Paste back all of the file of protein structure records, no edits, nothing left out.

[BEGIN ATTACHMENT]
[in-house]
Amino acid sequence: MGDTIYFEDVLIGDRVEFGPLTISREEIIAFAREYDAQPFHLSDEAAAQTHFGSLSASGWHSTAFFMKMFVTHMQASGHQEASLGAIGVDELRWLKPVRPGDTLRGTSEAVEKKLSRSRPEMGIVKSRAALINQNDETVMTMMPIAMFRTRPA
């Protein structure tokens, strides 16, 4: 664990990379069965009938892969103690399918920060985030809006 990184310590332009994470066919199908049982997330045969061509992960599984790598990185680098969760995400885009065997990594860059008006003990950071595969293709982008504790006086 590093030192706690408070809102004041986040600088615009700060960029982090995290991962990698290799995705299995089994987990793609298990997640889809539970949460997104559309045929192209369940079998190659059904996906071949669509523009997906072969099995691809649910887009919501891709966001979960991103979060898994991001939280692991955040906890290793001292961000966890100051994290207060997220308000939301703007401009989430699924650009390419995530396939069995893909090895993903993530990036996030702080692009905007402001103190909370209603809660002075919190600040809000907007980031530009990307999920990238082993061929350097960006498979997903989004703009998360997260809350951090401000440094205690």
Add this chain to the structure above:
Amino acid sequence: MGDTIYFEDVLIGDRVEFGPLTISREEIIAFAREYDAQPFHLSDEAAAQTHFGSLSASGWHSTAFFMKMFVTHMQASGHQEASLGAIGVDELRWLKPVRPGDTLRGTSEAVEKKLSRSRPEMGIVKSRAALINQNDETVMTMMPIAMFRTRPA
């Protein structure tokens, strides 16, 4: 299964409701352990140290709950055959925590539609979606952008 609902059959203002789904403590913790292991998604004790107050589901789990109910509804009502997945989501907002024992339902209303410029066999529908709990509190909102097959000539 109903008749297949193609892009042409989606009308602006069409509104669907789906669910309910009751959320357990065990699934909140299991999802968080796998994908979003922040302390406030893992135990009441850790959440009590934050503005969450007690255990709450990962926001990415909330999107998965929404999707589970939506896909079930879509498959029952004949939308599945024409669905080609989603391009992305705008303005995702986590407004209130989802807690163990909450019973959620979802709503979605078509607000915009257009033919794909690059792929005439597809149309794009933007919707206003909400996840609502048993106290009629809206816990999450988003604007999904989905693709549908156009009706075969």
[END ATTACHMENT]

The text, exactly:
[in-house]
Amino acid sequence: MGDTIYFEDVLIGDRVEFGPLTISREEIIAFAREYDAQPFHLSDEAAAQTHFGSLSASGWHSTAFFMKMFVTHMQASGHQEASLGAIGVDELRWLKPVRPGDTLRGTSEAVEKKLSRSRPEMGIVKSRAALINQNDETVMTMMPIAMFRTRPA
């Protein structure tokens, strides 16, 4: 664990990379069965009938892969103690399918920060985030809006 990184310590332009994470066919199908049982997330045969061509992960599984790598990185680098969760995400885009065997990594860059008006003990950071595969293709982008504790006086 590093030192706690408070809102004041986040600088615009700060960029982090995290991962990698290799995705299995089994987990793609298990997640889809539970949460997104559309045929192209369940079998190659059904996906071949669509523009997906072969099995691809649910887009919501891709966001979960991103979060898994991001939280692991955040906890290793001292961000966890100051994290207060997220308000939301703007401009989430699924650009390419995530396939069995893909090895993903993530990036996030702080692009905007402001103190909370209603809660002075919190600040809000907007980031530009990307999920990238082993061929350097960006498979997903989004703009998360997260809350951090401000440094205690």
Add this chain to the structure above:
Amino acid sequence: MGDTIYFEDVLIGDRVEFGPLTISREEIIAFAREYDAQPFHLSDEAAAQTHFGSLSASGWHSTAFFMKMFVTHMQASGHQEASLGAIGVDELRWLKPVRPGDTLRGTSEAVEKKLSRSRPEMGIVKSRAALINQNDETVMTMMPIAMFRTRPA
């Protein structure tokens, strides 16, 4: 299964409701352990140290709950055959925590539609979606952008 609902059959203002789904403590913790292991998604004790107050589901789990109910509804009502997945989501907002024992339902209303410029066999529908709990509190909102097959000539 109903008749297949193609892009042409989606009308602006069409509104669907789906669910309910009751959320357990065990699934909140299991999802968080796998994908979003922040302390406030893992135990009441850790959440009590934050503005969450007690255990709450990962926001990415909330999107998965929404999707589970939506896909079930879509498959029952004949939308599945024409669905080609989603391009992305705008303005995702986590407004209130989802807690163990909450019973959620979802709503979605078509607000915009257009033919794909690059792929005439597809149309794009933007919707206003909400996840609502048993106290009629809206816990999450988003604007999904989905693709549908156009009706075969």